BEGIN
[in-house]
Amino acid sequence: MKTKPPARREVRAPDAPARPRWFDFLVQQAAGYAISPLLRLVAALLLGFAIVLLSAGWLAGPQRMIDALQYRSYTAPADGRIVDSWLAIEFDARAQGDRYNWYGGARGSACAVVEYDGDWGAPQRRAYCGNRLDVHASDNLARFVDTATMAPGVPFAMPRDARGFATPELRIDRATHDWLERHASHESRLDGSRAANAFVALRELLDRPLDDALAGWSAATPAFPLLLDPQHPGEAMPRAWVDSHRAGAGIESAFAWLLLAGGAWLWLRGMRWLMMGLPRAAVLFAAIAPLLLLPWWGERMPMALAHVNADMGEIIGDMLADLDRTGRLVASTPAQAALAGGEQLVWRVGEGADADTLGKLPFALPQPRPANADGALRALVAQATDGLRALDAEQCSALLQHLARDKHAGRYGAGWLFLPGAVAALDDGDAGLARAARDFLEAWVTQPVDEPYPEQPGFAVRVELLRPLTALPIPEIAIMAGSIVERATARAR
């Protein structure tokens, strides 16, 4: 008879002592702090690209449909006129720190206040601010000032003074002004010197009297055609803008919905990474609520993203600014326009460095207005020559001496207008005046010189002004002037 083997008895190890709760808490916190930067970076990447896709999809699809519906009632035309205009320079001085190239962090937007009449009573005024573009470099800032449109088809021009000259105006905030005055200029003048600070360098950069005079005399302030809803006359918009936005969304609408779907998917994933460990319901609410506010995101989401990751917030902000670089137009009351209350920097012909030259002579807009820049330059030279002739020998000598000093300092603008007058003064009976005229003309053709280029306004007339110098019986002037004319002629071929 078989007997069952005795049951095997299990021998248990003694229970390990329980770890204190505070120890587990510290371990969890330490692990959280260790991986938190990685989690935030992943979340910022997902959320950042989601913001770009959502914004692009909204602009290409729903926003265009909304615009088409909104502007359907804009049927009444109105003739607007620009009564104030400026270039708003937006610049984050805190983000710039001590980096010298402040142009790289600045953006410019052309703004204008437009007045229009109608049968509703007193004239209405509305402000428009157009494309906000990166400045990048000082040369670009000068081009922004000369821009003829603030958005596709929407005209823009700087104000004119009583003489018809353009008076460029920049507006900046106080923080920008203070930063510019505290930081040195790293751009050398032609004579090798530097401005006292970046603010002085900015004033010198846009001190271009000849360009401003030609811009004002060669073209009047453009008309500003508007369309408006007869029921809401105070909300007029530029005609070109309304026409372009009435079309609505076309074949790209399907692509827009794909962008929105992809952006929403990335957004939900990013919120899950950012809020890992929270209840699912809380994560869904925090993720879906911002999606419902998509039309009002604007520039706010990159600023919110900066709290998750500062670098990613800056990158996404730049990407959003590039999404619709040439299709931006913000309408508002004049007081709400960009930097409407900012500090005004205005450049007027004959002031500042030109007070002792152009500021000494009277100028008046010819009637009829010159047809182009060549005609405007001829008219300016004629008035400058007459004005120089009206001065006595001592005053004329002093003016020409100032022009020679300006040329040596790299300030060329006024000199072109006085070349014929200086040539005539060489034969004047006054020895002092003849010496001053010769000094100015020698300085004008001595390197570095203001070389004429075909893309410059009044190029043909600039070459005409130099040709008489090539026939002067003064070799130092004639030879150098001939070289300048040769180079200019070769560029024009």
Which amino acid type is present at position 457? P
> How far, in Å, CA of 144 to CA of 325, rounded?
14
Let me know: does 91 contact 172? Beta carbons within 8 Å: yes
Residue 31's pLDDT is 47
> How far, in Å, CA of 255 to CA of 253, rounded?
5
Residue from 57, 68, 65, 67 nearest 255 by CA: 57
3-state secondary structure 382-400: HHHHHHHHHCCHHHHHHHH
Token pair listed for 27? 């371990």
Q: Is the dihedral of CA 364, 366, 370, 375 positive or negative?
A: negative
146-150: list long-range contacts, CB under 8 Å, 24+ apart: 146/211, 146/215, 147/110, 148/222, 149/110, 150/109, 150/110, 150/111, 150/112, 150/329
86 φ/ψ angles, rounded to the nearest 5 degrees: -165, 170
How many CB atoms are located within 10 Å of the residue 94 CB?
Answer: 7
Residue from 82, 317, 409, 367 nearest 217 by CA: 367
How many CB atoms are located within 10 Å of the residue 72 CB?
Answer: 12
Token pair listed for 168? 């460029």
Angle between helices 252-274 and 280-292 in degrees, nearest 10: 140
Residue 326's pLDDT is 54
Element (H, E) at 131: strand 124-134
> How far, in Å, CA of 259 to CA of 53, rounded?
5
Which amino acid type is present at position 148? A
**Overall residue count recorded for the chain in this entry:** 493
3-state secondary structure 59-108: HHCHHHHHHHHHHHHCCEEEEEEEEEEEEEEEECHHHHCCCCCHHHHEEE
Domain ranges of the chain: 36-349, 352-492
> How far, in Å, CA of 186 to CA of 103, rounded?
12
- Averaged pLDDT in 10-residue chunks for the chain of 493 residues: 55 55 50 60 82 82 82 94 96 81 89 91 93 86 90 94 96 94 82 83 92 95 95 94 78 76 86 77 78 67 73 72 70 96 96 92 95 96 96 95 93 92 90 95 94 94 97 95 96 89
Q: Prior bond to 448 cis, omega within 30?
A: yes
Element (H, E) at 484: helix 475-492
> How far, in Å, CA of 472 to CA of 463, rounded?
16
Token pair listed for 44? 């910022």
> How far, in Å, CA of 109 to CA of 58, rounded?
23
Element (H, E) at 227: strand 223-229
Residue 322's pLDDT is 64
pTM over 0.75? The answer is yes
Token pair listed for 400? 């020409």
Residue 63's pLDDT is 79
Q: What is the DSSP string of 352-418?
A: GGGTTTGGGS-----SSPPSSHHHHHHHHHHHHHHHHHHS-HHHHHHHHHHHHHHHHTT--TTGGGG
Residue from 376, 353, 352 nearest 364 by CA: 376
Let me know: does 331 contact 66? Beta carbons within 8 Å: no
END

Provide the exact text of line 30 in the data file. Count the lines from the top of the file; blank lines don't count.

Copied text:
**Overall residue count recorded for the chain in this entry:** 493